Vienna Teng Continues to ‘Level Up’

Graduate Division

Words escape me as I try to express how impressed I am with Vienna Teng, who performed two back-to-back concerts with multi-instrumentalists Alex Wong and Jordan Hamlin at The Independent on November 16. 

Vienna Teng’s musical style may be described loosely as folk or indie pop, but these labels aren’t quite adequate for her unique fusion of folk, pop, electronica, classical piano and a cappella.  More impressively, her lyrics are sincere and intelligent, covering diverse social and philosophical issues in addition to the earnest ballads typical of her music. 

“City Hall,” her opening song Saturday night, is a beautiful example of what makes Vienna Teng one of the most underrated contemporary singer-songwriters. It’s a delicate, but jubilant, tribute to love that defies sexual orientation.  “You’ve never seen a sight so fine,” she sings in the chorus, “As the love that’s gonna shine at City Hall.”

Most of the other songs performed during the concert were from her recently released fifth album, Aims.  The energetic new album diverges significantly from her earlier compositions.  It has more of an electronic-pop influence, as the artists explore different musical styles and sounds, using instruments as diverse as a grand piano and a French horn (by Hamlin) and even plastic cups in “Copenhagen (Let Me Go).”  It’s fun to listen to and even more fun to watch.

But the greatest strength of this album? It’s still grounded in her strong vocals and thoughtful lyrics, which have only improved with time. 

Thematically, these new songs are reflective of Vienna Teng’s experiences in grad school; for the past couple of years, she has been studying at the Erb Institute for Global Sustainable Enterprise at the University of Michigan.  (As a grad student myself, I love her even more for this.)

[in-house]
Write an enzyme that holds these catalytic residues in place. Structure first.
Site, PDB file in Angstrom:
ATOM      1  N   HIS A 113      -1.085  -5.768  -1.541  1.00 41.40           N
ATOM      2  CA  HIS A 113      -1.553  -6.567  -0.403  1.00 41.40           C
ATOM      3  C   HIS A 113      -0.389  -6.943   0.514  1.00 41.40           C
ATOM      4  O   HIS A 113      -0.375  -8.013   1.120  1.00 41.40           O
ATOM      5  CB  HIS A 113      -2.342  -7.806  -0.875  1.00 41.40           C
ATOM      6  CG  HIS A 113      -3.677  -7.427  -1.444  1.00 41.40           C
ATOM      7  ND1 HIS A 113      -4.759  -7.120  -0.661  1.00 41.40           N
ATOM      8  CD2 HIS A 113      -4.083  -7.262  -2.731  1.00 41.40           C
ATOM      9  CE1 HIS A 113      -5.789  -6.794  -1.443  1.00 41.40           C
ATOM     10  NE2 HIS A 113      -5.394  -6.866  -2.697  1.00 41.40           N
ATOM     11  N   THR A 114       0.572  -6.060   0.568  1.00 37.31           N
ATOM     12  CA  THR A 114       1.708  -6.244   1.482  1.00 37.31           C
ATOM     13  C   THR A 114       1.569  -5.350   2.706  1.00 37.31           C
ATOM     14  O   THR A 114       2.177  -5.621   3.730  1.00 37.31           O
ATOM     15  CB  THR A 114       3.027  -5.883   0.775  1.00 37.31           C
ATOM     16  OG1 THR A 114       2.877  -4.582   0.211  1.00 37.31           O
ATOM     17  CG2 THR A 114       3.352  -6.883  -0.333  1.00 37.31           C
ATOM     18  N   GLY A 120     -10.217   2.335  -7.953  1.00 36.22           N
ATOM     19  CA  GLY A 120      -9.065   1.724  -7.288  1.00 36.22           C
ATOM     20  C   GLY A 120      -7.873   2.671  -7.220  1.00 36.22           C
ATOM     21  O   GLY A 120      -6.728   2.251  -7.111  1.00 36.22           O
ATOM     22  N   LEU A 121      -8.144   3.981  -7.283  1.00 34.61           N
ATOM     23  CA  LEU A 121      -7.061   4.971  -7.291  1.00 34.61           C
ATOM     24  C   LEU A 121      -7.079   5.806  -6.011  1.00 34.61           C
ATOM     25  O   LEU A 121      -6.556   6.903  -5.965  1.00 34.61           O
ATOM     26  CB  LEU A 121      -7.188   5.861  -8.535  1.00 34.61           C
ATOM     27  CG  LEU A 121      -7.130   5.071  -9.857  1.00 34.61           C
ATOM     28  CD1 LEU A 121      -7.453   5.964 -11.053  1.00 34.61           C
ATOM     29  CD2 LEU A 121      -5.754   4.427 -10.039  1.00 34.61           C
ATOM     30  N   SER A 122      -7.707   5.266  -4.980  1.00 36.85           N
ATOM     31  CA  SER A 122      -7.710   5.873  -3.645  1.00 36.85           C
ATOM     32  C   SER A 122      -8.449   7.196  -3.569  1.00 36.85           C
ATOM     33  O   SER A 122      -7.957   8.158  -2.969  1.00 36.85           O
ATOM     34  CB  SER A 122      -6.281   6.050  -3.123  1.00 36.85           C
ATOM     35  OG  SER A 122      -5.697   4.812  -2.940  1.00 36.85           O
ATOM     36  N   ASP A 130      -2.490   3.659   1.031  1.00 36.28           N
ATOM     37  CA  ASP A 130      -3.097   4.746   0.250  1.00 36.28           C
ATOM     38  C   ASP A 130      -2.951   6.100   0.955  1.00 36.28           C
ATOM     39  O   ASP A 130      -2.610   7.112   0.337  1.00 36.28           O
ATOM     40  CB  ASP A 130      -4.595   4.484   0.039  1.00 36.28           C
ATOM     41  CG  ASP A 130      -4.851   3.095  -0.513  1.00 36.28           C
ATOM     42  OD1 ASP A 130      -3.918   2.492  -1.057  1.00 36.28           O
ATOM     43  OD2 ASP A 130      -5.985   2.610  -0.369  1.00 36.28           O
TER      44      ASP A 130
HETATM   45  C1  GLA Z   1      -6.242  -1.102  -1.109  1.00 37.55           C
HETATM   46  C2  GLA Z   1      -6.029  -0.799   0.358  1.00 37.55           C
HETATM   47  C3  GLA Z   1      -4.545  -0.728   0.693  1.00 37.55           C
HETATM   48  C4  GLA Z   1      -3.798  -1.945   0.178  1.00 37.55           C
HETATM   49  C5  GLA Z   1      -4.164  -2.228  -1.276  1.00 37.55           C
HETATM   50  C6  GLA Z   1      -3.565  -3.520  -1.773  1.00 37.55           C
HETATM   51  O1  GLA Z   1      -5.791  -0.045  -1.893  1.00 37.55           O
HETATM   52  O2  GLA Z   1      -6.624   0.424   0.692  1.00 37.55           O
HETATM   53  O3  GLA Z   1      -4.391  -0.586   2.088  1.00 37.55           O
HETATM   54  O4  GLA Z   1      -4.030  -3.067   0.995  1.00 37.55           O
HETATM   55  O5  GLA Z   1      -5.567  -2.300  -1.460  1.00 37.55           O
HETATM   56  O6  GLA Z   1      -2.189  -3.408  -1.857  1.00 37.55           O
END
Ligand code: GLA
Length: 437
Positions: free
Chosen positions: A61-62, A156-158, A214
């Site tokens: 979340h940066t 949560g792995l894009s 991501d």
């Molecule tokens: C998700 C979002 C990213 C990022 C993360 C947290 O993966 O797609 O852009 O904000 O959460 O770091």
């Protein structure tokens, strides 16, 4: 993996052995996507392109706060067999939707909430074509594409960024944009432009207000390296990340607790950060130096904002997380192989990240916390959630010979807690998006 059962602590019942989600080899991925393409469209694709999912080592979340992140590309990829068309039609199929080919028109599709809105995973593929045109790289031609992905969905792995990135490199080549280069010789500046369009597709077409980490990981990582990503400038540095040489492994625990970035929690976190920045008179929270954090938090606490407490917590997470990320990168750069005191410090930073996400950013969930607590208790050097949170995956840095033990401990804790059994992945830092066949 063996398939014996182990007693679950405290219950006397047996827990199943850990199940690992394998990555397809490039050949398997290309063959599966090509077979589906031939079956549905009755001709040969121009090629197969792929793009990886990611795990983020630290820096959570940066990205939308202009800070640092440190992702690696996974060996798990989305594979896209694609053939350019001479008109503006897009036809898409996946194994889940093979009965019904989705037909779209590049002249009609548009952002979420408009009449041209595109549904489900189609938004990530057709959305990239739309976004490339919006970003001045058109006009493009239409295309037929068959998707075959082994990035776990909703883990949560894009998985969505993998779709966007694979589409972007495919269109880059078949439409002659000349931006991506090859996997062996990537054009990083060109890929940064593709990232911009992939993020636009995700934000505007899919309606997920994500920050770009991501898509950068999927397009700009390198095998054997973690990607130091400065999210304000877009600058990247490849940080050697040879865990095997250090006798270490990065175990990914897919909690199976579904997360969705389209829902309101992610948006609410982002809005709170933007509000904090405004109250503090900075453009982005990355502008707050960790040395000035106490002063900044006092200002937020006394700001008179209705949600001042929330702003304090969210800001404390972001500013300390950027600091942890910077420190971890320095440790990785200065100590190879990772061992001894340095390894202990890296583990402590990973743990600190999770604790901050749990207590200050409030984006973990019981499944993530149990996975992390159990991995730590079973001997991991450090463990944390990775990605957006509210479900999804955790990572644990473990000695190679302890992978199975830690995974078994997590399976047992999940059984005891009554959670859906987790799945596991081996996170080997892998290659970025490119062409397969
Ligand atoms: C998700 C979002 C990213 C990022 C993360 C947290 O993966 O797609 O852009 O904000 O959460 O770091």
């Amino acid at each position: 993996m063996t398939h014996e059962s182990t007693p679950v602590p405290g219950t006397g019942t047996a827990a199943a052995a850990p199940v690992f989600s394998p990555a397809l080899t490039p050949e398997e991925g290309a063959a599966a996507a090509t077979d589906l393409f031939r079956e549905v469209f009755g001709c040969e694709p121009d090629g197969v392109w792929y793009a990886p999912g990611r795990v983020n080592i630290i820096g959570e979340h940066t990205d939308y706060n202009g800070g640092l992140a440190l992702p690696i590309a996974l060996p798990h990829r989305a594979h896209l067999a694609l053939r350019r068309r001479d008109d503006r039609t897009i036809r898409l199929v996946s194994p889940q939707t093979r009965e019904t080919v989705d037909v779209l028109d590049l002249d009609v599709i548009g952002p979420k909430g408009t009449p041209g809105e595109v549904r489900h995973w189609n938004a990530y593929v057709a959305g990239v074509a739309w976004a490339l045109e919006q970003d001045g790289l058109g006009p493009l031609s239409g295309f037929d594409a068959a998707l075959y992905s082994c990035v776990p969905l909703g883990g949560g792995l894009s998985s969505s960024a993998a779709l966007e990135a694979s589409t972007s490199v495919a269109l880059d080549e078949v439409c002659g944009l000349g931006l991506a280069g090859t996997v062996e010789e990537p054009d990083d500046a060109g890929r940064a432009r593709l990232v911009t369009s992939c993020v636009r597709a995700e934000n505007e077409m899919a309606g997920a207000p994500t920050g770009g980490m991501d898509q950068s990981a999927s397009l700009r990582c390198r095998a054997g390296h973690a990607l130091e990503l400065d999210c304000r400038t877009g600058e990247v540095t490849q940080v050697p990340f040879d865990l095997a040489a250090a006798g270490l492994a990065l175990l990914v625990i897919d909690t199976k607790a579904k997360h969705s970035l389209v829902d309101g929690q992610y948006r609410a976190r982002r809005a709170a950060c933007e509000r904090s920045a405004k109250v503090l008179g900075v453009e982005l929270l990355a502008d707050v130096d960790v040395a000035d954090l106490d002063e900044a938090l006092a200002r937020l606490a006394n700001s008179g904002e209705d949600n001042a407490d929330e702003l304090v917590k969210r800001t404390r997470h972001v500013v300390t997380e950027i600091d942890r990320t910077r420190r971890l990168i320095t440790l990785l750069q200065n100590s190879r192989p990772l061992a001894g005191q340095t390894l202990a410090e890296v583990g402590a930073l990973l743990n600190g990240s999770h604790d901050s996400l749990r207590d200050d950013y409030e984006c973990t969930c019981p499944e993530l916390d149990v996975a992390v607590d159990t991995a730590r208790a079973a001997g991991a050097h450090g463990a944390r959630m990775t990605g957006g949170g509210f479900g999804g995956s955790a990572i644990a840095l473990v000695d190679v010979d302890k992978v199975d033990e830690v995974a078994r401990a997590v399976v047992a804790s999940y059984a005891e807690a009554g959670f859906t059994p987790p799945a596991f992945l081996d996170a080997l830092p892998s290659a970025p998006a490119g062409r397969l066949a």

“Level Up” is a pep talk for the weary grad student. The jazzy “Close to Home” explores a psychological disorder she read about in a journal. “Landsailor” is her token environmental sustainability song — at least, that’s the way she introduced it, with a chuckle.

That was the best part of Saturday night’s concert, and the best part of any Vienna Teng concert.  Sure, she’s crazy talented and intelligent, but more importantly for a live show, you can tell she’s having fun. 

She is so funny and comfortable on stage.  She happily “geeked out” about the looping pedal and vocal harmonizer and the button that creates her “Barry White voice.” 

She explained the significance of her songs and invited the audience to clap along, as in “Grandmother Song,” a lively translation of her grandmother’s disapproval of her career choice.  On Saturday, the chorus of Beyonce’s “Single Ladies” unexpectedly emerged from her grandmother’s warnings. 

Vienna Teng ended with a soulful mash-up of Bill Withers’ “Ain’t No Sunshine” and Eminem’s “Lose Yourself.”  It was appropriate, because you’ll definitely lose yourself a little in her performance.